Hamlet's Soliloquy: Now might I do it pat, now he is praying (3.3)
Hamlet has thought himself prepared to "drink hot blood" (3.2.382) and carry out the murder of the King. Now, as he happens upon the unattended Claudius, the time has come to take action, but Hamlet finds that he is unable to kill. Hamlet's reason for delay is that Claudius is in the midst of praying, and in order for revenge to be complete, the King must be engaged in some sinful act such as sex, gambling, or drinking, and thus be condemned to eternal damnation. While it is true that similar reasoning is common in other revenge plays, such vengence seems unworthy of our noble prince.
Many critics believe that Hamlet uses Claudius's prayer as an excuse for further delay because his conscience will not allow him to commit premeditated murder. Others claim that it is not Hamlet's altruism which saves Claudius in this scene, but his own paralyzing habit of "thinking too precisely on th'event" (4.4.41). However, the second argument is moot because the basis of his procrastination is his inability to commit premeditated murder.
Ironically, Hamlet's soliloquy is ultimately irrelevant, for Claudius is not sincerely repentant, as he reveals in the concluding couplet of scene 3:
My words fly up, my thoughts remain below:
Words without thoughts never to heaven go. (97-8)
Questions for Review
1. Morris LeRoy Arnold, in his book The Soliloquies of Shakespeare, argues that Claudius' soliloquy is similar to King Henry's prayer before battle in Henry V (4.1.306-322). They both "give the impression of rhetorical pageantry rather than sincere contrition." Is this a fair statement?
2. Do you feel sympathy for Claudius?
3. In Kenneth Branagh's Hamlet (1996), Claudius is sitting in a confessional and Hamlet is on the other side with his dagger drawn. If you were producing the play, how would you stage Hamlet finding Claudius at prayer?
4. Do you agree with A. C. Bradley that the turning-point of the drama is Hamlet's refusal to kill Claudius while he is praying? Bradley argues Hamlet's failure there "is the cause of all the disasters that follow. In sparing the King, he sacrifices Polonius, Ophelia, Rosencantz and Guildnestern, Laertes, and the Queen and himself" (Shakespearean Tragedy, p. 108).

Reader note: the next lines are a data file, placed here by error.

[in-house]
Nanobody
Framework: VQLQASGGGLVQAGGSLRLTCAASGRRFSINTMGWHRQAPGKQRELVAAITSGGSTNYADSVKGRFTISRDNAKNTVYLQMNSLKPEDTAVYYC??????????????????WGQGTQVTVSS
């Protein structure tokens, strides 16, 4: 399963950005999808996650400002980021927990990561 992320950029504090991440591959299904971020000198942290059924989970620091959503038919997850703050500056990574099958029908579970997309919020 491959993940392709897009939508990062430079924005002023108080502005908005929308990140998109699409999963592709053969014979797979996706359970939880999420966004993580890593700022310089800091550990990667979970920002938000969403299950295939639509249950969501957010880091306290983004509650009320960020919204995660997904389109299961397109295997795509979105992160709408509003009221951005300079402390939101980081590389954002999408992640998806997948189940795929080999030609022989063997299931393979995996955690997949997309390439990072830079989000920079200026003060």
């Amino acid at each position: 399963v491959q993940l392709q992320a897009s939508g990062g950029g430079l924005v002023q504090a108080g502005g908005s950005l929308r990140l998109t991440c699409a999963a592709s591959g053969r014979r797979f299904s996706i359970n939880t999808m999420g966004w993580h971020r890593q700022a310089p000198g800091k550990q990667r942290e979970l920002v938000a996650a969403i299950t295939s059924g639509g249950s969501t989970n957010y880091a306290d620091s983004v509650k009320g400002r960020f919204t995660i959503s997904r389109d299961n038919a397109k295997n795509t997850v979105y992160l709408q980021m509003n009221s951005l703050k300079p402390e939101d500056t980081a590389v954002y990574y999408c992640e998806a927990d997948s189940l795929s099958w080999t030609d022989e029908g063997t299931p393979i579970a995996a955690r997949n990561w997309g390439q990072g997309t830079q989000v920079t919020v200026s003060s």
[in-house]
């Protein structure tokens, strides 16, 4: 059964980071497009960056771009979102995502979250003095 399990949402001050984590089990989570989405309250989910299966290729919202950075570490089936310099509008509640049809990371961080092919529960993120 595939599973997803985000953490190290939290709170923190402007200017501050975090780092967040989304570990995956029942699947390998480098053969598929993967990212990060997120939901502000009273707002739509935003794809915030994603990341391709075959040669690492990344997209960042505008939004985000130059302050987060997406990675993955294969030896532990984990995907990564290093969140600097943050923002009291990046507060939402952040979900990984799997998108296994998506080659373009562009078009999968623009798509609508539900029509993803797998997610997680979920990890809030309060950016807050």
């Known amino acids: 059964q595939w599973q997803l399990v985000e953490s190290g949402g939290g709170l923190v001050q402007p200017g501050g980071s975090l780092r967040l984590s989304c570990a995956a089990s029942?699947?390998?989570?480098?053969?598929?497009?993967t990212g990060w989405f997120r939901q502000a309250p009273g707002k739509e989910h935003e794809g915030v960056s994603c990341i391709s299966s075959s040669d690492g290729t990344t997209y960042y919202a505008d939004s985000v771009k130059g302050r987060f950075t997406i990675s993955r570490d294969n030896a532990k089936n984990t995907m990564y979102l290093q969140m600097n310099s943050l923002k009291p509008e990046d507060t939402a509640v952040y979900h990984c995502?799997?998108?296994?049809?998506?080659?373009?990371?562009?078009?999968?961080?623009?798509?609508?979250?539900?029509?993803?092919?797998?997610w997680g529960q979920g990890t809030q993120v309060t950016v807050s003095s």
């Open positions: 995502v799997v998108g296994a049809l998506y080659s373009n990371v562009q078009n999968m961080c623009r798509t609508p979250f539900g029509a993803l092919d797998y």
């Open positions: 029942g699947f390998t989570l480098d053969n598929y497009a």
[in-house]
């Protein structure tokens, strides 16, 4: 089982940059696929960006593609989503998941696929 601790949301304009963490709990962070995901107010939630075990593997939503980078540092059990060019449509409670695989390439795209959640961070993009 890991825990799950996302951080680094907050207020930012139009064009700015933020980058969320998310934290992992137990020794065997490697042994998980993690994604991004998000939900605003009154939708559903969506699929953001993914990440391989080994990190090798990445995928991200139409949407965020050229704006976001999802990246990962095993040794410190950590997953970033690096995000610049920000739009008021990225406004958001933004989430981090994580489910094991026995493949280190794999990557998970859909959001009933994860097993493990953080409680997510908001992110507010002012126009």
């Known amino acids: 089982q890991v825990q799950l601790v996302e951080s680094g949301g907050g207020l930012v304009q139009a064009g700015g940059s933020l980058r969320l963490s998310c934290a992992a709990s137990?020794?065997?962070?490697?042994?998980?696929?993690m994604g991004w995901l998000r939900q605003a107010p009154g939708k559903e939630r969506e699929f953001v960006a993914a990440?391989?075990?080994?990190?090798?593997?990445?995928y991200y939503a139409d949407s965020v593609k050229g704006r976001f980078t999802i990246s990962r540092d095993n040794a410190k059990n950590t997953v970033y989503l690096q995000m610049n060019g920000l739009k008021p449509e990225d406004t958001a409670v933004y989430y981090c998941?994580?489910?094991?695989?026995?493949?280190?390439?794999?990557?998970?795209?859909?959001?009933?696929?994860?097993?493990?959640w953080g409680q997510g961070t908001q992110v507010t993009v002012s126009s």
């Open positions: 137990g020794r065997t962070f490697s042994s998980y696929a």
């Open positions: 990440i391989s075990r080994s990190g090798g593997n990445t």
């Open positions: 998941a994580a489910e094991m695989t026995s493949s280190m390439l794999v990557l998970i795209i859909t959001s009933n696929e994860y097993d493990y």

How to cite this article:
Mabillard, Amanda. Hamlet Soliloquy Analysis. Shakespeare Online. 20 Aug. 2000. < http://shakespeare-online.com/plays/hamlet/soliloquies/doitpatanalysis.html >.
Arnold, Morris LeRoy. The soliloquies of Shakespeare; a study in technic. New York: Columbia University Press, 1911.
Bradley, A. C. Shakespearean tragedy: lectures on Hamlet, Othello, King Lear, Macbeth. London: Macmillan, 1905.
Hamlet's irresolution arises from his morality. Goethe spoke of Hamlet's "lovely, pure, noble, and most moral nature." He cannot kill Claudius in cold blood. The Ghost has demanded an action abhorrent to his very soul. Even with the proof of Claudius' guilt, his heated soliloquy seems mere "words, words, words." Even now Hamlet could, and not will, drink hot blood (381). How is Hamlet's soliloquy similar in style to Macbeth's Is that a dagger... (3.2.33-64). How does it show their differences?
Did You Know? ... An English translation of Belleforest's mid sixteenth-century Histories Tragiques appeared in quarto form in 1608. It is The Hystorie of Hamblet. The translation was possibly in circulation before this, but whether it or Shakespeare's work came first in unknown. The focus of Chapter Three of the The Hystorie of Hamblet is the closet scene and it is fascinating to compare it to Shakespeare's version. To say that Hamblet is more vengeful than our hero is an understatement:
"drawing his sworde thrust it into the hangings, which done, pulled the counsellor (half dead) out by the heeles, made an end of killing him, and beeing slaine, cut his bodie in pieces, which he caused to be boyled, and then cast it into a vaulte or privie, that so it mighte serve for foode to the hogges."